Network topology

For the mathematics of topological spaces, see topology

In telecommunication, network topology is the specific physical (i.e. real) or logical (i.e. virtual) arrangement of the elements of a network.

A network may be represented as a collection of nodes, some of which are connected by links. A given nodes may have links to many others (see diagrams below). Network topology is determined only by the configuration of connections between nodes; it is therefore a part of Graph theory. Distances between nodes, physical interconnections, transmission rates, and/or signal types are not a matter of network topology, although they may be affected by it in an actual physical network.

The common types of network topology are illustrated and defined below.

A fully connected topology is a network topology in which there is a direct link between all pairs of nodes. In a fully connected network with n nodes, there are n(n-1)/2 direct links. Synonym fully connected mesh network.

A bus topology is a network topology in which there is a single line (the bus) to which all nodes are connected, and the nodes connect only to this bus.

linear topology: See bus topology.

mesh topology: A network topology in which there are at least two nodes with two or more paths between them.

ring topology: A network topology in which every node has exactly two branches connected to it.

star topology: A network topology in which peripheral nodes are connected to a central node, which rebroadcasts all transmissions received from any peripheral node to all peripheral nodes on the network, including the originating node. All peripheral nodes may thus communicate with all others by transmitting to, and receiving from, the central node only.

The failure of a transmission line linking any peripheral node to the central node will result in the isolation of that peripheral node from all others.

If the star central node is passive, the originating node must be able to tolerate the reception of an echo of its own transmission, delayed by the two-way transmission time (i.e. to and from the central node) plus any delay generated in the central node. An active star network has an active central node that usually has the means to prevent echo-related problems.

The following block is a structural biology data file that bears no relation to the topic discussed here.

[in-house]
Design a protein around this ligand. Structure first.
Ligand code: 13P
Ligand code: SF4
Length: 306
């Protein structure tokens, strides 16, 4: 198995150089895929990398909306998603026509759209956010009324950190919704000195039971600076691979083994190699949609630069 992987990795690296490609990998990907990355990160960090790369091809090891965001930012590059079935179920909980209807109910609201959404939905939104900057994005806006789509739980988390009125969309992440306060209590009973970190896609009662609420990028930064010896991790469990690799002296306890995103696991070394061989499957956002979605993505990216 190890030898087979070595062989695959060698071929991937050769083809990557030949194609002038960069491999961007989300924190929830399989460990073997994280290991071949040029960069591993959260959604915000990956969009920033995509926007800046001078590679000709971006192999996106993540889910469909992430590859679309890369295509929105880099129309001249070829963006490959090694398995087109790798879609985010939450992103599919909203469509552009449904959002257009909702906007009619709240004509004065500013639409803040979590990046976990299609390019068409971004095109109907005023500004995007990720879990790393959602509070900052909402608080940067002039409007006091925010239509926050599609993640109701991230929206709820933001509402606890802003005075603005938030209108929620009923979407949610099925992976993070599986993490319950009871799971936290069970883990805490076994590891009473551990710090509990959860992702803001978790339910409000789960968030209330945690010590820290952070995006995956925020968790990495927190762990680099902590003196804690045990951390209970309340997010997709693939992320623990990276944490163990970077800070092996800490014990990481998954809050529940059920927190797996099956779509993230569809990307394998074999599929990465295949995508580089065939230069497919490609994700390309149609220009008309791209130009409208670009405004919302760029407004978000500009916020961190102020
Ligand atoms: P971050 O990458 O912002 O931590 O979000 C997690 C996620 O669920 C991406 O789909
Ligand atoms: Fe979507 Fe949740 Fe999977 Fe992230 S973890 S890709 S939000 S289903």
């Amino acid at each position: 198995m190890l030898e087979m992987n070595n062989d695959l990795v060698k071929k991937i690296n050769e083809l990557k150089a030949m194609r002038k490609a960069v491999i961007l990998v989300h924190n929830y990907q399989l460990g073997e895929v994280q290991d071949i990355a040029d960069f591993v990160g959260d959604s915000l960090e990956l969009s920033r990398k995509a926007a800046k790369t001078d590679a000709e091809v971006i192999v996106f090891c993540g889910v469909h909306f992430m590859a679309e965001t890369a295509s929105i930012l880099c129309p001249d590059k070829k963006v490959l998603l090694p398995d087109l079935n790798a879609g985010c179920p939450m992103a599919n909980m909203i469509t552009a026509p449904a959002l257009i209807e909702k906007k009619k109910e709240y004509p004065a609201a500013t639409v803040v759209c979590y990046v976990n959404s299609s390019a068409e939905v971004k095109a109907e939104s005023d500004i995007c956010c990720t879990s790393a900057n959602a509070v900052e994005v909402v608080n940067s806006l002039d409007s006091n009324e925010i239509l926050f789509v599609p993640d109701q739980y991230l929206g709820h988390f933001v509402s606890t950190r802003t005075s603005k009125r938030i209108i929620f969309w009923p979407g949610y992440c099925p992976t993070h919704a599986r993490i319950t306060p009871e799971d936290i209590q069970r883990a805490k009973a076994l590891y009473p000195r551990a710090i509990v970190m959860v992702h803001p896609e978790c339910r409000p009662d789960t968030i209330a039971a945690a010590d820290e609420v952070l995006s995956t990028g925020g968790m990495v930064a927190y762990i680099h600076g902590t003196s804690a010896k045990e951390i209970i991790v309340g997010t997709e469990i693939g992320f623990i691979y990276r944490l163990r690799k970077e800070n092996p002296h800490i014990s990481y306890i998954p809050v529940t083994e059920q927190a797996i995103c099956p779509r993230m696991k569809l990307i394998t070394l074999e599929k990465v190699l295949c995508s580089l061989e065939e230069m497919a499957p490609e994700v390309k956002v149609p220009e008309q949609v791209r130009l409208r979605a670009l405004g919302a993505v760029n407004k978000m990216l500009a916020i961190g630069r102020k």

tree topology: A network topology in which the nodes are arranged as a tree. From a purely topologic viewpoint, this resembles an interconnection of star networks in that individual peripheral nodes (i.e. leaves) are required to transmit to and receive from one other node only and are not required to act as repeaters or regenerators. Unlike the star network, the function of the central node may be distributed.

As in the conventional star network, individual nodes may thus still be isolated from the network by a single-point failure of a transmission path to the node. If a link connecting a leaf fails, that leaf is isolated; if a connection to a non-leaf node fails, an entire section of the network becomes isolated from the rest.

A hybrid topology is a combination of any two or more network topologies in such a way that the resulting network does not have one of the standard forms. For example, a tree network connected to a tree network is still a tree network, but two star networks connected together exhibit hybrid network topologies. A hybrid topology is always produced when two different basic network topologies are connected.

See also: Network Mapping

Source: from Federal Standard 1037C and from MIL-STD-188\n

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